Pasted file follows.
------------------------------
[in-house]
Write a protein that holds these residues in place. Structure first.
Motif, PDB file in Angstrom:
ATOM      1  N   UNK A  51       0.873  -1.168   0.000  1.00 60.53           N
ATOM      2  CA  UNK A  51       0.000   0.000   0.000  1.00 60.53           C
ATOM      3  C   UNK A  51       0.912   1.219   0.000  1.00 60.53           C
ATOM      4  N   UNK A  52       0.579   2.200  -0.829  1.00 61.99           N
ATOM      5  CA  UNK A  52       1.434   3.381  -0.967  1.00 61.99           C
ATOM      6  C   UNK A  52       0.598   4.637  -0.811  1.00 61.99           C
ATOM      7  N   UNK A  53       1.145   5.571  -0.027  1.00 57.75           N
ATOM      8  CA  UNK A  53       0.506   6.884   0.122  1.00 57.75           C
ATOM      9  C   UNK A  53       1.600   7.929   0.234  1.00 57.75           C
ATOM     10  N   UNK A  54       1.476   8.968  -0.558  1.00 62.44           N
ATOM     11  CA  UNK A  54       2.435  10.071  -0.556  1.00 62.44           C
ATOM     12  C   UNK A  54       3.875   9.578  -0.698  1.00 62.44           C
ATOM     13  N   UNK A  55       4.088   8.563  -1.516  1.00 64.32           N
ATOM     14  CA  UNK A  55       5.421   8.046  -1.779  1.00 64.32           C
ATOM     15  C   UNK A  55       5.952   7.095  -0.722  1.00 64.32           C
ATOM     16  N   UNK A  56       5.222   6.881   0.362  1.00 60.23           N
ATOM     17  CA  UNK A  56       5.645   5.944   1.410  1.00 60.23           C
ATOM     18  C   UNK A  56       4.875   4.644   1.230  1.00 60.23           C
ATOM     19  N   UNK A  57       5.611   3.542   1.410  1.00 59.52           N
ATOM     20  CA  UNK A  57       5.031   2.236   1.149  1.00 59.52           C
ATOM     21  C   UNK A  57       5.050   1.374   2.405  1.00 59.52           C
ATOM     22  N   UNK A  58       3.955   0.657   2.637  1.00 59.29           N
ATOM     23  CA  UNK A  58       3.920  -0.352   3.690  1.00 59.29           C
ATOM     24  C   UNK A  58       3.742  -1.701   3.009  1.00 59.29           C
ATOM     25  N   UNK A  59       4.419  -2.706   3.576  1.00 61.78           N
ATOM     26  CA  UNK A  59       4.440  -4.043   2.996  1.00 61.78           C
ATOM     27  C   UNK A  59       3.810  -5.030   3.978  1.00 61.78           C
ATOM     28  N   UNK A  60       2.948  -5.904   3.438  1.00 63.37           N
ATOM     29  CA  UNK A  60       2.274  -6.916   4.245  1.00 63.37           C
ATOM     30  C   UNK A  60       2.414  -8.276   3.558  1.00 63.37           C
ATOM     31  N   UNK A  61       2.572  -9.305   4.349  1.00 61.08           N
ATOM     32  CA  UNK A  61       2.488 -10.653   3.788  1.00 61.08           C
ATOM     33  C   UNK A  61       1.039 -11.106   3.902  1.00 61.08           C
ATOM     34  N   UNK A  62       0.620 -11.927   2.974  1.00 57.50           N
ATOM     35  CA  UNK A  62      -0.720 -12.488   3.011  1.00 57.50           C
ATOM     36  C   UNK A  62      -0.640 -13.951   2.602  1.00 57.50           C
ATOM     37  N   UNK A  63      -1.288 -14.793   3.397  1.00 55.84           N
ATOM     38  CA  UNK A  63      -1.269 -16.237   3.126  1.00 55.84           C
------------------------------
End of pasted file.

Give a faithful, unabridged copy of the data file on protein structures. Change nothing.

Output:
[in-house]
Write a protein that holds these residues in place. Structure first.
Motif, PDB file in Angstrom:
ATOM      1  N   UNK A  51       0.873  -1.168   0.000  1.00 60.53           N
ATOM      2  CA  UNK A  51       0.000   0.000   0.000  1.00 60.53           C
ATOM      3  C   UNK A  51       0.912   1.219   0.000  1.00 60.53           C
ATOM      4  N   UNK A  52       0.579   2.200  -0.829  1.00 61.99           N
ATOM      5  CA  UNK A  52       1.434   3.381  -0.967  1.00 61.99           C
ATOM      6  C   UNK A  52       0.598   4.637  -0.811  1.00 61.99           C
ATOM      7  N   UNK A  53       1.145   5.571  -0.027  1.00 57.75           N
ATOM      8  CA  UNK A  53       0.506   6.884   0.122  1.00 57.75           C
ATOM      9  C   UNK A  53       1.600   7.929   0.234  1.00 57.75           C
ATOM     10  N   UNK A  54       1.476   8.968  -0.558  1.00 62.44           N
ATOM     11  CA  UNK A  54       2.435  10.071  -0.556  1.00 62.44           C
ATOM     12  C   UNK A  54       3.875   9.578  -0.698  1.00 62.44           C
ATOM     13  N   UNK A  55       4.088   8.563  -1.516  1.00 64.32           N
ATOM     14  CA  UNK A  55       5.421   8.046  -1.779  1.00 64.32           C
ATOM     15  C   UNK A  55       5.952   7.095  -0.722  1.00 64.32           C
ATOM     16  N   UNK A  56       5.222   6.881   0.362  1.00 60.23           N
ATOM     17  CA  UNK A  56       5.645   5.944   1.410  1.00 60.23           C
ATOM     18  C   UNK A  56       4.875   4.644   1.230  1.00 60.23           C
ATOM     19  N   UNK A  57       5.611   3.542   1.410  1.00 59.52           N
ATOM     20  CA  UNK A  57       5.031   2.236   1.149  1.00 59.52           C
ATOM     21  C   UNK A  57       5.050   1.374   2.405  1.00 59.52           C
ATOM     22  N   UNK A  58       3.955   0.657   2.637  1.00 59.29           N
ATOM     23  CA  UNK A  58       3.920  -0.352   3.690  1.00 59.29           C
ATOM     24  C   UNK A  58       3.742  -1.701   3.009  1.00 59.29           C
ATOM     25  N   UNK A  59       4.419  -2.706   3.576  1.00 61.78           N
ATOM     26  CA  UNK A  59       4.440  -4.043   2.996  1.00 61.78           C
ATOM     27  C   UNK A  59       3.810  -5.030   3.978  1.00 61.78           C
ATOM     28  N   UNK A  60       2.948  -5.904   3.438  1.00 63.37           N
ATOM     29  CA  UNK A  60       2.274  -6.916   4.245  1.00 63.37           C
ATOM     30  C   UNK A  60       2.414  -8.276   3.558  1.00 63.37           C
ATOM     31  N   UNK A  61       2.572  -9.305   4.349  1.00 61.08           N
ATOM     32  CA  UNK A  61       2.488 -10.653   3.788  1.00 61.08           C
ATOM     33  C   UNK A  61       1.039 -11.106   3.902  1.00 61.08           C
ATOM     34  N   UNK A  62       0.620 -11.927   2.974  1.00 57.50           N
ATOM     35  CA  UNK A  62      -0.720 -12.488   3.011  1.00 57.50           C
ATOM     36  C   UNK A  62      -0.640 -13.951   2.602  1.00 57.50           C
ATOM     37  N   UNK A  63      -1.288 -14.793   3.397  1.00 55.84           N
ATOM     38  CA  UNK A  63      -1.269 -16.237   3.126  1.00 55.84           C